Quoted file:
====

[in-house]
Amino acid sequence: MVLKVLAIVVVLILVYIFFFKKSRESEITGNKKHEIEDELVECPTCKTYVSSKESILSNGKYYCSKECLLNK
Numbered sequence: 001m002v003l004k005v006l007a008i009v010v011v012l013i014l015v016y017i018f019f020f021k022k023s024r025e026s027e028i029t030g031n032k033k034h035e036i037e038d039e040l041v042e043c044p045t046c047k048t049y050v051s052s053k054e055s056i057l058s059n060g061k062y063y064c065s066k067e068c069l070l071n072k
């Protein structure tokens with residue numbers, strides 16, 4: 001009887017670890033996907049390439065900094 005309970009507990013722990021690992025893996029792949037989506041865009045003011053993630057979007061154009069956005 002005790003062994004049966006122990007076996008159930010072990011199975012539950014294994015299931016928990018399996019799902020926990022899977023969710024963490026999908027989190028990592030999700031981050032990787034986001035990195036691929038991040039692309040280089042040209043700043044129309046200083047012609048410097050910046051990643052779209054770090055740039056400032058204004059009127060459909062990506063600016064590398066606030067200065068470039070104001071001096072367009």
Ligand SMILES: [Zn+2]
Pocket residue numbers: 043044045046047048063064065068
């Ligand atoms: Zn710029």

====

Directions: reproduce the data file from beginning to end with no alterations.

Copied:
[in-house]
Amino acid sequence: MVLKVLAIVVVLILVYIFFFKKSRESEITGNKKHEIEDELVECPTCKTYVSSKESILSNGKYYCSKECLLNK
Numbered sequence: 001m002v003l004k005v006l007a008i009v010v011v012l013i014l015v016y017i018f019f020f021k022k023s024r025e026s027e028i029t030g031n032k033k034h035e036i037e038d039e040l041v042e043c044p045t046c047k048t049y050v051s052s053k054e055s056i057l058s059n060g061k062y063y064c065s066k067e068c069l070l071n072k
């Protein structure tokens with residue numbers, strides 16, 4: 001009887017670890033996907049390439065900094 005309970009507990013722990021690992025893996029792949037989506041865009045003011053993630057979007061154009069956005 002005790003062994004049966006122990007076996008159930010072990011199975012539950014294994015299931016928990018399996019799902020926990022899977023969710024963490026999908027989190028990592030999700031981050032990787034986001035990195036691929038991040039692309040280089042040209043700043044129309046200083047012609048410097050910046051990643052779209054770090055740039056400032058204004059009127060459909062990506063600016064590398066606030067200065068470039070104001071001096072367009």
Ligand SMILES: [Zn+2]
Pocket residue numbers: 043044045046047048063064065068
């Ligand atoms: Zn710029």